In this Book

Why I Hate Abercrombie & Fitch
summary

Why hate Abercrombie? In a world rife with human cruelty and oppression, why waste your scorn on a popular clothing retailer? The rationale, Dwight A. McBride argues, lies in “the banality of evil,” or the quiet way discriminatory hiring practices and racist ad campaigns seep into and reflect malevolent undertones in American culture.

McBride maintains that issues of race and sexuality are often subtle and always messy, and his compelling new book does not offer simple answers. Instead, in a collection of essays about such diverse topics as biased marketing strategies, black gay media representations, the role of African American studies in higher education, gay personal ads, and pornography, he offers the evolving insights of one black gay male scholar.

As adept at analyzing affirmative action as dissecting Queer Eye for the Straight Guy, McBride employs a range of academic, journalistic, and autobiographical writing styles. Each chapter speaks a version of the truth about black gay male life, African American studies, and the black community. Original and astute, Why I Hate Abercrombie & Fitch is a powerful vision of a rapidly changing social landscape.

Table of Contents

  1. Contents
  2. pp. ix-x
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  1. Acknowledgments
  2. pp. xi-xiv
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  1. Preface
  2. pp. 1-16
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  1. Introduction: The New Black Studies, or beyond the Old “Race Man”
  2. pp. 17-32
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  1. Part I. Queer Black Thought
  2. pp. 33-34
  1. 1. Straight Black Studies
  2. pp. 35-58
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  1. 2. Why I Hate Abercrombie & Fitch
  2. pp. 59-87
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  1. 3. It’s a White Man’s World: Race in the Gay Marketplace of Desire
  2. pp. 88-132
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  1. Part II. Race and Sexuality on Occasion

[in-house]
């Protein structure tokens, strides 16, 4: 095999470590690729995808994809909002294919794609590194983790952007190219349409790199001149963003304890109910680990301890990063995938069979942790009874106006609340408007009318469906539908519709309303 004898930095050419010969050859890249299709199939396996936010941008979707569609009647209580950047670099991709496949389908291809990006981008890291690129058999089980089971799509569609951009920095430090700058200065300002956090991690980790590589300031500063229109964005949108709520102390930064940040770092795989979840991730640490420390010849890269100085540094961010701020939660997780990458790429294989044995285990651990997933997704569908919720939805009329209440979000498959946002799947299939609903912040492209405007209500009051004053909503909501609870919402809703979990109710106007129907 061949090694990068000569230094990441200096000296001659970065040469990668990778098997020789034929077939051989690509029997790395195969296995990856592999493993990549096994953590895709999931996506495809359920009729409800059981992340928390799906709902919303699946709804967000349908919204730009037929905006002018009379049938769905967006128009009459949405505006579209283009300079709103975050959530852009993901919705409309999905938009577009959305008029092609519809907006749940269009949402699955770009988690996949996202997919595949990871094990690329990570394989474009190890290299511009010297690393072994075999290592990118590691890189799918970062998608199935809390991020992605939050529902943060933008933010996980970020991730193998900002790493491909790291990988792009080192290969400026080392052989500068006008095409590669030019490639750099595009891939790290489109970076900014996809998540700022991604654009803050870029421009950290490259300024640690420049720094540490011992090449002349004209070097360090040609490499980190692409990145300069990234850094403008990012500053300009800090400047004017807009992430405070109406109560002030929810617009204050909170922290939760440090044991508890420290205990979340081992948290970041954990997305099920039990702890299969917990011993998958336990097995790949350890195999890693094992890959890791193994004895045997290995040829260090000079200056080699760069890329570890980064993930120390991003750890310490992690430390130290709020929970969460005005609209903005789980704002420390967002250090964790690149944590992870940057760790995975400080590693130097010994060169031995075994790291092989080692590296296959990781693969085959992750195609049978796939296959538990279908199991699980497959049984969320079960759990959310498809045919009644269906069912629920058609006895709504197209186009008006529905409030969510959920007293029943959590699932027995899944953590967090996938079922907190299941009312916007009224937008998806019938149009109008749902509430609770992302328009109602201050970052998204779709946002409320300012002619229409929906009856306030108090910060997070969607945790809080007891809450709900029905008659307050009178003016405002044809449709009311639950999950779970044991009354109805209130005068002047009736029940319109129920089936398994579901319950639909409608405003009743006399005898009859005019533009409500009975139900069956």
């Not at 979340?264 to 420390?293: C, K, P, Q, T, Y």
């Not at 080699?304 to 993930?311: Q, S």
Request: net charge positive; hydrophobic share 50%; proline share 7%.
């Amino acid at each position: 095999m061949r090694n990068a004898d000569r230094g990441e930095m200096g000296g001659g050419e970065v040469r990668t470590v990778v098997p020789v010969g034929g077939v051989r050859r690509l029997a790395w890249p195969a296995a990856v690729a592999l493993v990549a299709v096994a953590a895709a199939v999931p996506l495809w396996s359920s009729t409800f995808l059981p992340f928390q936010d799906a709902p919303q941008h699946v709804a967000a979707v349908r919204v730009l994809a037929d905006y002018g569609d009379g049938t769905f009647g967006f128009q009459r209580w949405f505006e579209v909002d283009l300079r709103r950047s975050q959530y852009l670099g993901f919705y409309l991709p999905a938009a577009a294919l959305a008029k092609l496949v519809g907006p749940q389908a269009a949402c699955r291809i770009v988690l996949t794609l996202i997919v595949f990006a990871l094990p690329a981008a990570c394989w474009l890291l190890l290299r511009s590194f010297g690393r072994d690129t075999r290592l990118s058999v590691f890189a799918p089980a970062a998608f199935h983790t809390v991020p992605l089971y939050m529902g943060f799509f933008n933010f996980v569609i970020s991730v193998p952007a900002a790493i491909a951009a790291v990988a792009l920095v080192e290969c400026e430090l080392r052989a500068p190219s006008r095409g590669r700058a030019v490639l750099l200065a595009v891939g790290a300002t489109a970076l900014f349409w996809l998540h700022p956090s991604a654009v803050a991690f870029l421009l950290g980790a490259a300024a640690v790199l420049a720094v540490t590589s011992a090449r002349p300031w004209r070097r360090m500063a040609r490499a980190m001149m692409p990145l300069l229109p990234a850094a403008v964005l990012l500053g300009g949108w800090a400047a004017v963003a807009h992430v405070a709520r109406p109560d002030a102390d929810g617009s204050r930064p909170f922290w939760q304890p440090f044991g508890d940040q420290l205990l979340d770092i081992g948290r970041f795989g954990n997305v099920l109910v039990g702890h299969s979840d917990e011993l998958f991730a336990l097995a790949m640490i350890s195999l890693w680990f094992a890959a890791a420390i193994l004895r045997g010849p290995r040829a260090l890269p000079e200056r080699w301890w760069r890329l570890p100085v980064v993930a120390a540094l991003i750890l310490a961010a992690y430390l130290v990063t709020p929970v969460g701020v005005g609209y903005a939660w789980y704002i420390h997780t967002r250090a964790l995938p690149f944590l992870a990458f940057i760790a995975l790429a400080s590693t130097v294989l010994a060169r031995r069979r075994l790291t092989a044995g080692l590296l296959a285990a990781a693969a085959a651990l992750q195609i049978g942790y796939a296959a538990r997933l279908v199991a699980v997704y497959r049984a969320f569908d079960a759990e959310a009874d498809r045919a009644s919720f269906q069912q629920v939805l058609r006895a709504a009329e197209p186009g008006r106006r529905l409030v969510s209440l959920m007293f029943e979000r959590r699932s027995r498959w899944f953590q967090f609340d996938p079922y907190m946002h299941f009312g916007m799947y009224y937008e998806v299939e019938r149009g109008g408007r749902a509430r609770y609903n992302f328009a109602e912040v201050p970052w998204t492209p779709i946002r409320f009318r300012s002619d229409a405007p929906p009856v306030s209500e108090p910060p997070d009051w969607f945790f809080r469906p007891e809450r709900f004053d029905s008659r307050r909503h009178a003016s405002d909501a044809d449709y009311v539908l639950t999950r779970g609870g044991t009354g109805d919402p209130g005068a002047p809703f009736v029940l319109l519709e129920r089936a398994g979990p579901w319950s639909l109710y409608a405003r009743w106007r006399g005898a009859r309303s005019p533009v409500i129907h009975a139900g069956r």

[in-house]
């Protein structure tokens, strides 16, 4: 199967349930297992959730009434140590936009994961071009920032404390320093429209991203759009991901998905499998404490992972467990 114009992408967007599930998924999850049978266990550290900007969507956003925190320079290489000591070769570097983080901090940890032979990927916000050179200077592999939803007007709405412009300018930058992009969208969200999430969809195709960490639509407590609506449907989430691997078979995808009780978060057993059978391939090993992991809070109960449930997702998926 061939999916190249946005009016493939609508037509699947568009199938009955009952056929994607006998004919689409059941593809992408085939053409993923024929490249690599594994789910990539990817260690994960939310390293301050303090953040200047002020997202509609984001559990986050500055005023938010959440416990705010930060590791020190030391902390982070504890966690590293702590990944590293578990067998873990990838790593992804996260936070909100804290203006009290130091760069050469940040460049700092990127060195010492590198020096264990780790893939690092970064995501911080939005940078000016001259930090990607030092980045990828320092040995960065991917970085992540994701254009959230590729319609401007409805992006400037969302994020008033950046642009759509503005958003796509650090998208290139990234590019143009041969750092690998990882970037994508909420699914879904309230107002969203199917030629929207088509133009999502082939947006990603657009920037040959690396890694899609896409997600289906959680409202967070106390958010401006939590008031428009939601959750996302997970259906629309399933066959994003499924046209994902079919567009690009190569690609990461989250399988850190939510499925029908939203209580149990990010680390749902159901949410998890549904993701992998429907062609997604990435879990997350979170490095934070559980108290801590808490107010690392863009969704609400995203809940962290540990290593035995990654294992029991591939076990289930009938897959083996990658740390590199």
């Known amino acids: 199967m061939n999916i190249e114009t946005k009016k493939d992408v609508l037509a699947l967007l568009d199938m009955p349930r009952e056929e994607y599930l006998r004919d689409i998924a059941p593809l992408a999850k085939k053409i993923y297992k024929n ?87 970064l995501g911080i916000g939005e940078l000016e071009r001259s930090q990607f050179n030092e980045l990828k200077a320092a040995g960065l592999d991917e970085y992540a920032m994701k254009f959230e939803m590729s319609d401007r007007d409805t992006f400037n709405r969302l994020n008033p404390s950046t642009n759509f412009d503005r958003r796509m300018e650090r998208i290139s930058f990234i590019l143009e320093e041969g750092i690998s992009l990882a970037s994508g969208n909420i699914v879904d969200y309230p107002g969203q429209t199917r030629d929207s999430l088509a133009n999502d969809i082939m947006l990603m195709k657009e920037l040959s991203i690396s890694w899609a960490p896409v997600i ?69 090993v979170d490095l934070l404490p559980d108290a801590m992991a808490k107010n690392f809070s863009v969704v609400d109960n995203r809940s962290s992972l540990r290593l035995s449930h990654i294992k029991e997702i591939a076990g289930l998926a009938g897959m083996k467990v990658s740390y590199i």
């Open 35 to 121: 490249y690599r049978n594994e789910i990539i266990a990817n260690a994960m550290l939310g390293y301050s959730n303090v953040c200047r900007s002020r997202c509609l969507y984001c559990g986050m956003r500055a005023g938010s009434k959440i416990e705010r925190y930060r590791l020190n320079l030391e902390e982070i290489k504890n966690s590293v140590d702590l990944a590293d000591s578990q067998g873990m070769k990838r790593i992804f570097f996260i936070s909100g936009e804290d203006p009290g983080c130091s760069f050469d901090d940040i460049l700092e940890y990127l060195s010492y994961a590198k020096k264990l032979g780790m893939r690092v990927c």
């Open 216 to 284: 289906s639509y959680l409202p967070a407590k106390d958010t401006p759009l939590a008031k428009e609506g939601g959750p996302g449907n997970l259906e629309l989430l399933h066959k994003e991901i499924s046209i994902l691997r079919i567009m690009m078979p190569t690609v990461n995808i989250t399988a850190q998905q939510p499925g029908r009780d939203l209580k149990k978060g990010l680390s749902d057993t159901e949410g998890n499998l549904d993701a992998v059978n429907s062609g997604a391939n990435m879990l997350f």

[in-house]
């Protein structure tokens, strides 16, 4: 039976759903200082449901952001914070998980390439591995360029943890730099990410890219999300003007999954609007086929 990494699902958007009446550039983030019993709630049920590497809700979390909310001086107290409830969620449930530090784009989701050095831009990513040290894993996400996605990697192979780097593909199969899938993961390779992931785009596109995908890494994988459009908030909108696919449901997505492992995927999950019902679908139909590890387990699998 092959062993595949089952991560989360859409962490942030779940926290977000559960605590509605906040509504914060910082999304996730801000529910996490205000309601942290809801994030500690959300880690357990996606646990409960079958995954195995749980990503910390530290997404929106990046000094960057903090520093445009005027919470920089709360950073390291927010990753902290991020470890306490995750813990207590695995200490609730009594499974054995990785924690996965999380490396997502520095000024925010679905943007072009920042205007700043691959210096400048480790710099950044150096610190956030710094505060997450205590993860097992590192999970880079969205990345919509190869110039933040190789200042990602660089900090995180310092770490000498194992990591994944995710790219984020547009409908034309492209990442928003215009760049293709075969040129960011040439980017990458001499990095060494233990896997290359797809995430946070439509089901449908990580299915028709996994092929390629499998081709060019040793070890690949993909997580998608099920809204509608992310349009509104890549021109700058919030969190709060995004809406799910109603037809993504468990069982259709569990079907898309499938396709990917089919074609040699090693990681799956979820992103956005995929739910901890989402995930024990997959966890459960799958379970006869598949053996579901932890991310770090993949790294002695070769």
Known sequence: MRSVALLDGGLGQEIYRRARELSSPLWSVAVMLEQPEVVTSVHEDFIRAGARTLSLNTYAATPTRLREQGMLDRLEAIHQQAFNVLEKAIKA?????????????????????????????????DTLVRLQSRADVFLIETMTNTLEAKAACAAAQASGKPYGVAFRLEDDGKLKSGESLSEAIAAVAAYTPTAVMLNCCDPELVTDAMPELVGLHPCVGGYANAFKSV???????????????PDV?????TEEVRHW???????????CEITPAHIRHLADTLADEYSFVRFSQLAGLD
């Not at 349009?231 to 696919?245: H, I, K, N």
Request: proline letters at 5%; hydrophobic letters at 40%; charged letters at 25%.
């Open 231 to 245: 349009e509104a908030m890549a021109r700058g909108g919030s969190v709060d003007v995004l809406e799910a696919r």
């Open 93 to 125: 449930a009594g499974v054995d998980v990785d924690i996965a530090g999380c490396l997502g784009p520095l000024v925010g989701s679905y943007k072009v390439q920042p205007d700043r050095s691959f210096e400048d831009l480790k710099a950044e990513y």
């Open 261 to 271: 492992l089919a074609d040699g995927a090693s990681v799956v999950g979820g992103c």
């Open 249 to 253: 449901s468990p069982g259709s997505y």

2. pp. 133-134
  1. 4. On Race, Gender, and Power: The Case of Anita Hill
  2. pp. 135-142
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  1. 5. Feel the Rage: A Personal Remembrance of the 1992 Los Angeles Uprising
  2. pp. 143-148
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  1. 6. Ellen’s Coming Out: Media and Public Hype
  2. pp. 149-153
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  1. 7. Affirmative Action and White Rage
  2. pp. 154-160
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  1. Part III. Straight Black Talk
  2. pp. 161-162
  1. 8. Speaking the Unspeakable: On Toni Morrison, African American Intellectuals, and the Uses of Essentialist Rhetoric
  2. pp. 163-184
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  1. 9. Cornel West and the Rhetoric of Race-Transcending
  2. pp. 185-202
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  1. 10. Can the Queen Speak? Sexuality, Racial Essentialism, and the Problem of Authority
  2. pp. 203-226
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  1. Notes
  2. pp. 227-234
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  1. Bibliography
  2. pp. 235-240
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  1. Index
  2. pp. 241-250
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  1. About the Author
  2. p. 251
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